Cosmic Thursdays, a series of free and public talks about astronomy-related topics, returned on Thursday, October 15 with a lecture entitled “Alternative Earths: What our planet’s history may tell us about life in the Universe.” The talk was given by Timothy Lyons, a professor in the earth sciences department at UCR who earned his Ph.D in geology geochemistry from Yale University.
Lyon began the lecture by discussing the recent revelation of liquid water on Mars. Many of the results display linea, which are downslope streaks assumed to be liquid water. “There’s quite a bit of debate about how these things are generated. They’re associated with salts, flurate, other compounds that are known to be microscopic,” Lyons explained. Many are hoping that the liquid water is coming from the subsurface, which would allow fluids to flow seasonally. “I’d say the jury is still out on that but stay tuned because these kinds of things are coming fast and furiously. We’re launching soon for another rover in 2020,” Lyons stated.
Other places also explored for liquid water are icy moons. Both Europa, Jupiter’s moon, and Saturn’s moon Enceladus are candidates. “There could be subsurface liquid oceans that would be beneath the icy crust,” Lyons said. In order for the water to be in liquid form, the moon would need to absorb heat generated by the planet it orbits, which is possible. The Europa fly-by has been approved and will launch in the next decade. The mission is hoping to capture one of the plumes containing water erupting from the icy crust.
The celestial bodies Lyons is most excited to find liquid water on are extra-solar planets, also known as exoplanets. These planets exist outside of our solar system. The first exoplanet was discovered in 1992 and since then, Kepler has discovered over 4,000 exoplanet candidates. One way they are detected is by using the transit method, which consists of keeping a telescope like Kepler directed at a star and waiting for the light to dim, signifying that a planet has passed by. “It’s easier to identify planets that are large. It’s also easier to identify planets that are close to their stars because they transit across their stars more frequently,” he explained. “There could be as many as 40 billion earth-sized planets orbiting in the habitable zones of sun-like stars or red dwarfs within the Milky Way.”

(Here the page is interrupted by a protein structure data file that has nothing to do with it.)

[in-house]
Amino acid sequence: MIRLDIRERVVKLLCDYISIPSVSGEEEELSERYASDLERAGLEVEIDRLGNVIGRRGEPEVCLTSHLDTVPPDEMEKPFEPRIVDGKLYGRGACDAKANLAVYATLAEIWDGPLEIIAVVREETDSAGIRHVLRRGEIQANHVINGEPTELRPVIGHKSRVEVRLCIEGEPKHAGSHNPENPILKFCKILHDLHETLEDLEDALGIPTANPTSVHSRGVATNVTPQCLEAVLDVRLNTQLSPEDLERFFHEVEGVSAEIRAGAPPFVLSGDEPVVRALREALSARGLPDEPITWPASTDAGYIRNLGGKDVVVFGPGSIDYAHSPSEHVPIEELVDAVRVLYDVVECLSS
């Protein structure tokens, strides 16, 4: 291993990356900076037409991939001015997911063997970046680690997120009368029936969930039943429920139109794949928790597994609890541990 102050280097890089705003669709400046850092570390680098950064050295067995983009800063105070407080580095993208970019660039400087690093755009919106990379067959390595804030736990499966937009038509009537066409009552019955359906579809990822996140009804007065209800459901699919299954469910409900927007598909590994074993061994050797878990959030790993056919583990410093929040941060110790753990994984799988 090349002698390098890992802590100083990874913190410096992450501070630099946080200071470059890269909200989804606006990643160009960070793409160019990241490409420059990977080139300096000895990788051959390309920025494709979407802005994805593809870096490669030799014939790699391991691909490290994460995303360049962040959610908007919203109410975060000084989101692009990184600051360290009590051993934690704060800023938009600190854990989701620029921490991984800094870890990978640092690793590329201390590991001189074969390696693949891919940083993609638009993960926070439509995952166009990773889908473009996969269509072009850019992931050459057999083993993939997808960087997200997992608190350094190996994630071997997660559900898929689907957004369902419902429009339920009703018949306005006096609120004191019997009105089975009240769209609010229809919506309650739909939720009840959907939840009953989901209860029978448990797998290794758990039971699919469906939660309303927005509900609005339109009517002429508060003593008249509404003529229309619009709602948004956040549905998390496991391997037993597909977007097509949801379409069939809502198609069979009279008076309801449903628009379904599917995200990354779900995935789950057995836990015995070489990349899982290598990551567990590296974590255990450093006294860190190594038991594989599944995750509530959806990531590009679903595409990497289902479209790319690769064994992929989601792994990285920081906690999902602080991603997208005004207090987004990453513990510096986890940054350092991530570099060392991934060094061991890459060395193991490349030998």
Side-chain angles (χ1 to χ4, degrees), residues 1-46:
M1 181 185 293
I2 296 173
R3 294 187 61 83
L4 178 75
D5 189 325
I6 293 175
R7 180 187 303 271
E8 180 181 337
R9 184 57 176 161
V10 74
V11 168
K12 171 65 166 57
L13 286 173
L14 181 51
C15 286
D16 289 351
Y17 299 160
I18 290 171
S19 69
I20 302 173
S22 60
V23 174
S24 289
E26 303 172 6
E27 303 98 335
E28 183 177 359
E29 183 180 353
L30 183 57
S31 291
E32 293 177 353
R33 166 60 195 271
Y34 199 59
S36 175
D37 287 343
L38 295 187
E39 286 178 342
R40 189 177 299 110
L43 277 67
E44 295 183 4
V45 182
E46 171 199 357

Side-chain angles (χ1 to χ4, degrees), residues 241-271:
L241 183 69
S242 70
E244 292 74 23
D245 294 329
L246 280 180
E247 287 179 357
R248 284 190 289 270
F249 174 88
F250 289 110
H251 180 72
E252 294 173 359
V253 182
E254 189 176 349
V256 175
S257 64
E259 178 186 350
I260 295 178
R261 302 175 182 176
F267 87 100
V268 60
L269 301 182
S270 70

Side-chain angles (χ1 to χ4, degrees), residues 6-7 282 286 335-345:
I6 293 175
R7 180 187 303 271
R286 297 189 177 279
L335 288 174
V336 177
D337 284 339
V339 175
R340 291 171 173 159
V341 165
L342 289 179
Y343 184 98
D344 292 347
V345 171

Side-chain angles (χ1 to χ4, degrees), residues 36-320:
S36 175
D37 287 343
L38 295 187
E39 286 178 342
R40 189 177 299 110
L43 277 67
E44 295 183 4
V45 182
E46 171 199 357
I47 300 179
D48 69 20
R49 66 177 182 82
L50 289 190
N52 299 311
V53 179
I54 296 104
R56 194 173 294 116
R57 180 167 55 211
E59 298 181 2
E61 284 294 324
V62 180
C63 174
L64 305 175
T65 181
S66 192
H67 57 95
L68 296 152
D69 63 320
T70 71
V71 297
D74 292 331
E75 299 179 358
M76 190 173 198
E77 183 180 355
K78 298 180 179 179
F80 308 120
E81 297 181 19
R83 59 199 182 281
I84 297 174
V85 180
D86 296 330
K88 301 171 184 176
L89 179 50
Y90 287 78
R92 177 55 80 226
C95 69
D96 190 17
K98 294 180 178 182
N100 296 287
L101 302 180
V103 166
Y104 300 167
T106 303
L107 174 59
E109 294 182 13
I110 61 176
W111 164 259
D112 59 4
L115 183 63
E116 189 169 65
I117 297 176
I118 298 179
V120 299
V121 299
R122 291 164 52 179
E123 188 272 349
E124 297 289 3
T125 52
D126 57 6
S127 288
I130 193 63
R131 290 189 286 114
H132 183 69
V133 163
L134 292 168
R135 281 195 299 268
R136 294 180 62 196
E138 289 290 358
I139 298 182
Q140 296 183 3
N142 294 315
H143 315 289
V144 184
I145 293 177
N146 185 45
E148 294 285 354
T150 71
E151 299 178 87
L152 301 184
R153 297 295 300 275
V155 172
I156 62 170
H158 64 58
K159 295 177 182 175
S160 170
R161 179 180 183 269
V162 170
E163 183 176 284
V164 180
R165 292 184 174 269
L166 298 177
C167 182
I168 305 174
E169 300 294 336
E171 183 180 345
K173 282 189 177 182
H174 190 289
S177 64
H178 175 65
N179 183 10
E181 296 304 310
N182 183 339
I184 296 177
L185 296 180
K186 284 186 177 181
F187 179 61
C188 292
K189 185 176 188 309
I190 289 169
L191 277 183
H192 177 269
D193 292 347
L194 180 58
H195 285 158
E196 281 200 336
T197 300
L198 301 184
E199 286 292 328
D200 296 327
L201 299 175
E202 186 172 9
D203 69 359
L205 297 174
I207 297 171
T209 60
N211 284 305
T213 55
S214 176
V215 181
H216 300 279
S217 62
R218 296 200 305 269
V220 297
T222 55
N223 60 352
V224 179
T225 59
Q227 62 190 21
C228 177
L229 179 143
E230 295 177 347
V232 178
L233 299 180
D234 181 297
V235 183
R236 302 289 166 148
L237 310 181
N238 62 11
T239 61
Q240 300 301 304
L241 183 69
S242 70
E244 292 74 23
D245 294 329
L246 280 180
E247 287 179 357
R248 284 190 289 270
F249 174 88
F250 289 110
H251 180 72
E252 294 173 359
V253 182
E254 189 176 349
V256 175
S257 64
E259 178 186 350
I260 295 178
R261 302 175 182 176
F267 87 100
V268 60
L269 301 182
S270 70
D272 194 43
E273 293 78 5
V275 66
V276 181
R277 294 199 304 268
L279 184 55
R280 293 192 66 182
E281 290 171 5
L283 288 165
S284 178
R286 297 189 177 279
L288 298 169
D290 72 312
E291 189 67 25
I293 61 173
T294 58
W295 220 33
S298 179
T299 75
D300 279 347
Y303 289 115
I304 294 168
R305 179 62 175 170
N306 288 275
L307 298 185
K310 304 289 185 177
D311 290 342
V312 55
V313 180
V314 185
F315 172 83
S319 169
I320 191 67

Finding planets in the habitable “Goldilocks” zone is promising, but Lyon suggested that it’s impossible to know if the “ingredients of life” are identical for all places around the universe. “You have to keep an open mind and you have to think in a theoretical space. There are certainly other possibilities,” Lyons stated. However, according to Lyons finding intelligent life won’t happen any time soon, and contrary to popular belief, scientists aren’t looking for it. “What we’re really doing is looking for signs of microbial activity. I hate to say it but we’re not going to find a footprint,” Lyons explained.
The talk concluded with a Q-and-A in which Lyons was able to explain more about Earth, as well as talk about the possibility of finding similar planets elsewhere to curious attendees. The next talk in the Cosmic Thursdays series will discuss tracking the evolution of life using ancient lipid biomarkers preserved in rocks and petroleum; it will take place on November 12.